Generally speaking, Alfa's preferred oem wheel offset was always greater than 30mm. The Ti Super Campgnolos were, I am told, about 38mm which is what the 15x5.5 replicas sold by Classic Alfa are (that is also, again I'm told) what the 15x6 Japanese Autoparco replicas are. That would make sense because the Alfa engineers would have been aware of the rear rubbing problem and would have compensated for it by moving the wheel center inboard as much a possible. It's axiomatic that, with that much offset, you'll have less rubbing problems than with wheels with 30mm or the 28.9 mm offsets of the GTA 15x6 replicas I'm running on my Super. With this in mind, it's no wonder the stock seel wheels with substantial offsets and 5in rim widths work so well. They were designed for the cars!

As I mentioned in my earlier posts, something to consider is the health of your suspension bushings. While my Super doesn't exhibit any pronounced worn-suspension wobble, the rear suspension bushings are nonetheless worn just enough to cause enough lateral movement of the axle to cause some rubbing under load.
 

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Discussion Starter #19
Yes, Very Interesting!
I didn't know a 185 tire would fit on a 7" rim. I guess hard but doable.
My other question is: Are these Pirelli's New modern tires with modern construction and compounds or are they just replica's of the old tires using the same compounds and construction as the old tires? I ask because I am assuming that tire compounds and construction has moved on and advanced since they were making those old Pirelli's. Or am I wrong on that front?
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Yes, Very Interesting!
I didn't know a 185 tire would fit on a 7" rim. I guess hard but doable.
As is often the case, not recommended by the manufacturer, but you can get away with it.

Ferrari have been doing this since the Ferrari Daytona | Longstone Tyres , fitting tyres on to https://www.borrani.com/ferrari-wheels/365-gtb-4-daytona.html wheels that are far wider than the tyre manufacturer would recomend. When rim recomendations are specified for a tyre they are intended to have plenty of tyre overhanging the rim to protect the wheel from the curb.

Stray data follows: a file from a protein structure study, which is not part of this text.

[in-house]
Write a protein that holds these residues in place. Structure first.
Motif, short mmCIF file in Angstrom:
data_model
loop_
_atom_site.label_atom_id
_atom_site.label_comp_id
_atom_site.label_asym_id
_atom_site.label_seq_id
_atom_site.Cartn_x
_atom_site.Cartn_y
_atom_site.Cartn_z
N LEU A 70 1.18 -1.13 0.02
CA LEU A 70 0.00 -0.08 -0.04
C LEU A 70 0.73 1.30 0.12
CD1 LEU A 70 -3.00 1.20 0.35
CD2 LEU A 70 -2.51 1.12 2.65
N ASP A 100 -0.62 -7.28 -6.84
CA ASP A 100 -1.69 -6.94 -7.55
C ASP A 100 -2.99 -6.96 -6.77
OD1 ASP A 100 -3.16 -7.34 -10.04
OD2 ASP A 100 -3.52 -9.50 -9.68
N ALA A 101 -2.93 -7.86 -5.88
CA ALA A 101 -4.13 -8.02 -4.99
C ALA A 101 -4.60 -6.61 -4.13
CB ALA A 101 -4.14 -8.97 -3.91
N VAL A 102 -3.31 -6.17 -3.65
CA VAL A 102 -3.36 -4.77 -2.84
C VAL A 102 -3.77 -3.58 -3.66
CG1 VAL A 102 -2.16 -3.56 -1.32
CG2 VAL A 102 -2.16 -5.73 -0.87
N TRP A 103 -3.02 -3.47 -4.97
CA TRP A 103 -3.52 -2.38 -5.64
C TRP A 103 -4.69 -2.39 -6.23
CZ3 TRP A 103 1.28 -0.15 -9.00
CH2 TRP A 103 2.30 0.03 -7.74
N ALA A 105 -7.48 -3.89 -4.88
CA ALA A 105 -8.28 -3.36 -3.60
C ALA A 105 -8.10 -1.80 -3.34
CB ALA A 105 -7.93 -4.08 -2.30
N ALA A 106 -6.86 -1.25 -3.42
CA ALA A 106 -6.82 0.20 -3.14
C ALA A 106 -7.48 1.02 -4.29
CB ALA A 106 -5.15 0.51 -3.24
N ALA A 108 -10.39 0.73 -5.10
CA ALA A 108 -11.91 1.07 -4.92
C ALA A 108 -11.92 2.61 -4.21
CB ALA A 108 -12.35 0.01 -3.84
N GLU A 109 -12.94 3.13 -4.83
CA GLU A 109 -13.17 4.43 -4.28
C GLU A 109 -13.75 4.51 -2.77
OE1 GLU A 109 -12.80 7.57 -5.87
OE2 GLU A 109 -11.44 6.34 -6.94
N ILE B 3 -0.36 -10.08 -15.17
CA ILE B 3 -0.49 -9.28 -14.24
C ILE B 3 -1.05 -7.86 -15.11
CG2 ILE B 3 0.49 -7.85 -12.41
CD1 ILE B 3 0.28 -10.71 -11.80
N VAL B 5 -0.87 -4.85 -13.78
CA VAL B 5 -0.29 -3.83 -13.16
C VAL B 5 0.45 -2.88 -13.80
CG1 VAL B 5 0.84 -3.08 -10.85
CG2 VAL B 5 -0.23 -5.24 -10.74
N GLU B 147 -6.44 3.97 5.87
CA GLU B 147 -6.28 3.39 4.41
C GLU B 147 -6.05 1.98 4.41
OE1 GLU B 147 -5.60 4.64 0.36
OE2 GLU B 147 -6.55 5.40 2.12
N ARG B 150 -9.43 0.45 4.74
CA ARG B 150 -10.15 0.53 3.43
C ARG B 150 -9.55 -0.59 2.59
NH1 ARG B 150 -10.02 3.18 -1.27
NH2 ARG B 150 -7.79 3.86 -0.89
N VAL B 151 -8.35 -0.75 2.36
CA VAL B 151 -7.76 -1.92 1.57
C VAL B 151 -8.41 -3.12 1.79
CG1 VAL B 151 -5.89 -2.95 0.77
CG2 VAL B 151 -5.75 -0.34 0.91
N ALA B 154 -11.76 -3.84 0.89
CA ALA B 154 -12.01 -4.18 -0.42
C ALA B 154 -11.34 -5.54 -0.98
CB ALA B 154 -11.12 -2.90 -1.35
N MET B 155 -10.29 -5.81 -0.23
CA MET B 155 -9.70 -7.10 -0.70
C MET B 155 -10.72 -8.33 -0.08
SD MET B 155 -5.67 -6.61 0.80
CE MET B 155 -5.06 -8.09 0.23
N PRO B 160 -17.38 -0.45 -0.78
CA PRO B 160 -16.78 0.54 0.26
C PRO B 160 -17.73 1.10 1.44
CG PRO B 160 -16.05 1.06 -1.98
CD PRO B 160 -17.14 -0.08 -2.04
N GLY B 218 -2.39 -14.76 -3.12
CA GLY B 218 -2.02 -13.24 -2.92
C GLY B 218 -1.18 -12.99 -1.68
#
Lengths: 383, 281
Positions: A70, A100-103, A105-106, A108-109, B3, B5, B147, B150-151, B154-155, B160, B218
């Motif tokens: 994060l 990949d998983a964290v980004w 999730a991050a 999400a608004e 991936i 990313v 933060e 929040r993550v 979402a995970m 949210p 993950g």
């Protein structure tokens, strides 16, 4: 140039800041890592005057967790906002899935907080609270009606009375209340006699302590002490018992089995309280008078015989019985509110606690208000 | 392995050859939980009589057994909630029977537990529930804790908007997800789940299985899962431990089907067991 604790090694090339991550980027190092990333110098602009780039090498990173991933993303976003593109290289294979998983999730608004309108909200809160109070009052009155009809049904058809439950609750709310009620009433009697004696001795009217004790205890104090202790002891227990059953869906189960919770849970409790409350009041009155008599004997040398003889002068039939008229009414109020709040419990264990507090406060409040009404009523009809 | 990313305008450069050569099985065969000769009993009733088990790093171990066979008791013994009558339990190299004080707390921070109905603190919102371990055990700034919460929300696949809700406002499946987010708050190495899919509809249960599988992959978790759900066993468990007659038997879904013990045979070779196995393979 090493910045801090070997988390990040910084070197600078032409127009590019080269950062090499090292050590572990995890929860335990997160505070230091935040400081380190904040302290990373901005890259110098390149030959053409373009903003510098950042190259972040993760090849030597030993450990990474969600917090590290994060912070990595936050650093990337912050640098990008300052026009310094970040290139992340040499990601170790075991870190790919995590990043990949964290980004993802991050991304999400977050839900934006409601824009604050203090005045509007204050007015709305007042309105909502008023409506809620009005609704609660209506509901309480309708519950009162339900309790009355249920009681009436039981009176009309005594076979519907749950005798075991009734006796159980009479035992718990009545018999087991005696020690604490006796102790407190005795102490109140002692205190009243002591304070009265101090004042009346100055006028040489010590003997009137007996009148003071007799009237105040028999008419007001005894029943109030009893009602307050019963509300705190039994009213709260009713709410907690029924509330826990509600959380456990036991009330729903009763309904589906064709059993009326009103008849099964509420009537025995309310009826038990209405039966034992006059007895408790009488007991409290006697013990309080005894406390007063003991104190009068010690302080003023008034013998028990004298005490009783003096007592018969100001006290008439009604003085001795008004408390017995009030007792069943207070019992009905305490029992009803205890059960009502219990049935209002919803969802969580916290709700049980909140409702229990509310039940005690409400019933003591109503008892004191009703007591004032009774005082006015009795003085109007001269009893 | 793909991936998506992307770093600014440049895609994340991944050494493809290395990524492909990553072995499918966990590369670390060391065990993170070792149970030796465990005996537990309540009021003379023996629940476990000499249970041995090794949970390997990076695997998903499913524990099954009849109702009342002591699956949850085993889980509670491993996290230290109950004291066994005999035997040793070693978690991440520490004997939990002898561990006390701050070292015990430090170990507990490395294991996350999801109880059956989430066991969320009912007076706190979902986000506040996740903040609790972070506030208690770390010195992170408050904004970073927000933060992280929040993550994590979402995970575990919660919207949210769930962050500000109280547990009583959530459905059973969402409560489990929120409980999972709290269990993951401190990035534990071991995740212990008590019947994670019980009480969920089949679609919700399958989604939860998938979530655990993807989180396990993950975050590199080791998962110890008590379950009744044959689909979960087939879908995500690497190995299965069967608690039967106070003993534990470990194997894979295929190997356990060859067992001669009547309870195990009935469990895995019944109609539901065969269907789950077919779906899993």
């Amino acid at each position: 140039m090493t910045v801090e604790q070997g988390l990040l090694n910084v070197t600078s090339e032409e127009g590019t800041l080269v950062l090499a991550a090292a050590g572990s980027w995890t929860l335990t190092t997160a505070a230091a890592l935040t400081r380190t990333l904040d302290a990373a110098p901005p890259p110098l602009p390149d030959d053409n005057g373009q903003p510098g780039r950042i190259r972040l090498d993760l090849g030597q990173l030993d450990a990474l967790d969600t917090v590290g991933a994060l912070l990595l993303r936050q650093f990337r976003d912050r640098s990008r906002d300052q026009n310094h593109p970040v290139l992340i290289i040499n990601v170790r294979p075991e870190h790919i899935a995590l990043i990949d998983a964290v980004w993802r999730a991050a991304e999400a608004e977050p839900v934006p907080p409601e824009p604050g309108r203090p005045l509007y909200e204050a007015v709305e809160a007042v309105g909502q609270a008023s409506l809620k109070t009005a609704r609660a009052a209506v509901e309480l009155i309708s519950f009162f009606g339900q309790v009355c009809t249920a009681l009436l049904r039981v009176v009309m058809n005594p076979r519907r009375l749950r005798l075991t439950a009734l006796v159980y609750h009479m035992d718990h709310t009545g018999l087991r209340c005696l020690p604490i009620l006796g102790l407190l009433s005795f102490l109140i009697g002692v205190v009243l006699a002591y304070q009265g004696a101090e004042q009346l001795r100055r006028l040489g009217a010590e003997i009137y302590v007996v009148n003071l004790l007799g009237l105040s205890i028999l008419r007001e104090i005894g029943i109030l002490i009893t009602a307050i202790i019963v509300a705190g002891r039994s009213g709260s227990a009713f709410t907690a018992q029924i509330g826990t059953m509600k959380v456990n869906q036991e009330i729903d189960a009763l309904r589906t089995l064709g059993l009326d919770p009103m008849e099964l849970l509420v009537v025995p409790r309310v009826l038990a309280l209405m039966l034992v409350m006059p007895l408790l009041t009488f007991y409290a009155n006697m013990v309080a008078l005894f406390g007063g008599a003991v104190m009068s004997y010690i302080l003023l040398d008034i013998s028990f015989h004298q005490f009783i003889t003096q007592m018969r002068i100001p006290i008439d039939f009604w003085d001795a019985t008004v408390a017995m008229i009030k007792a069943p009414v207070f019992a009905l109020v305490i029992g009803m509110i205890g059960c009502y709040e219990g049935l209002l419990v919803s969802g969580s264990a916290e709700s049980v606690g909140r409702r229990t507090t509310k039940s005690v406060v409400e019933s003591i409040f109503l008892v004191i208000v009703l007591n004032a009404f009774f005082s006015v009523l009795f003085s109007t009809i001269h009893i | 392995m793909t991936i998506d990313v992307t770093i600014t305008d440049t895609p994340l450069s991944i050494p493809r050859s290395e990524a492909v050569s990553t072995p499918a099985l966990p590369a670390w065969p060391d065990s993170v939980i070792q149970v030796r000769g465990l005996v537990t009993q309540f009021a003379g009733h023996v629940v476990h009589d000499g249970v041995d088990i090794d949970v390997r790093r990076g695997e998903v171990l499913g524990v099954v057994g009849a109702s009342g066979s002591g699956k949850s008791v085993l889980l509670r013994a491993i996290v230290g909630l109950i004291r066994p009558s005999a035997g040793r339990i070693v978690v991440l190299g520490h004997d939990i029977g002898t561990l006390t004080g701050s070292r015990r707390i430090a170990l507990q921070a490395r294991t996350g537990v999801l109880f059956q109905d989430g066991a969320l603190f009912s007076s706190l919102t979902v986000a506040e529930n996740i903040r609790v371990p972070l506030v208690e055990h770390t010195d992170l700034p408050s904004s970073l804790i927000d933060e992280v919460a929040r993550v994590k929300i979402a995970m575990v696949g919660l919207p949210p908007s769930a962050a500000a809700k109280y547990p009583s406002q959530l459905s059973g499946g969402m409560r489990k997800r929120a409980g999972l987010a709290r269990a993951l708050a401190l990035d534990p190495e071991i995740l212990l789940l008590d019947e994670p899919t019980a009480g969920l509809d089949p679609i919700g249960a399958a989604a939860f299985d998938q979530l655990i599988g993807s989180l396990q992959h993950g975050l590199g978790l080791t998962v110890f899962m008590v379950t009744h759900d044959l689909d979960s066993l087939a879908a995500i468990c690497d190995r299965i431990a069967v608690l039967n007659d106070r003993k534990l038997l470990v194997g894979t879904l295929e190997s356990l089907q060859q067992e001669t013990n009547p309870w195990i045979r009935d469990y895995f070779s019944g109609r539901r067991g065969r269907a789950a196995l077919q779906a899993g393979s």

Over wide wheels will make the steering heavier, increase tracking, slow down the turn in. and diminish the comfort. pretty much the same issues you get from fitting wider tyres.

However they do increase the stability of the tyre, so good for the track, and if you hit a curb on the track you are doing something wrong.

Stretching your tyres is currently very trendy. This web site is fun. https://tyrestretch.com/

My other question is: Are these Pirelli's New modern tires with modern construction and compounds or are they just replica's of the old tires using the same compounds and construction as the old tires? I ask because I am assuming that tire compounds and construction has moved on and advanced since they were making those old Pirelli's. Or am I wrong on that front?
Thank you
Yep good one.

mostly right.

Modern quality control techniques of manufacturers such as Pirelli and Michelin are miles better than they were in the '70s. Michelin and Pirelli were, and are, better than most other companies which is why they were the tyre of preference then as they are now. There quality control has just got better and better, so you do not get the odd faulty tyre with Michelin and Pirelli. Those blown out tyres you see on the motorway are not Michelin or Pirelli (unless someone didn't check the wear or pressure of their tyre). These current productions of PIRELLI CINTURATO ™ | Longstone Tyres and Michelin XAS | Longstone Tyres benefit from top notch quality control, that you don't get from a lesser brand.

We are no longer allowed to use the same materials that were used in the '70s, 80s or '90s for that matter. so they are made using modern materials.

The compounds are also new, and again these are made by the worlds best tyre manufacturers, so they are excellent. probably the biggest improvement for the driver is the way they move water out the way. so better grip from a small foot print.

It is important to distinguish the difference between grip and handling!

The big advantage with a Michelin XAS or a Pirelli Cinturato is that they have a carcass that is designed to suit these cars, yes; made out of modern materials, and made with modern machinery, with massively improved quality control, but the carcass that presents your small, yet extra grippy contact patch to the road, suits the geometry of your car, and will maintain the progressive handling, yet, they will hang on a little more than they did in period and stop you in the wet.

Where as a more modern squarer tyre lifts the inside edge then lets go.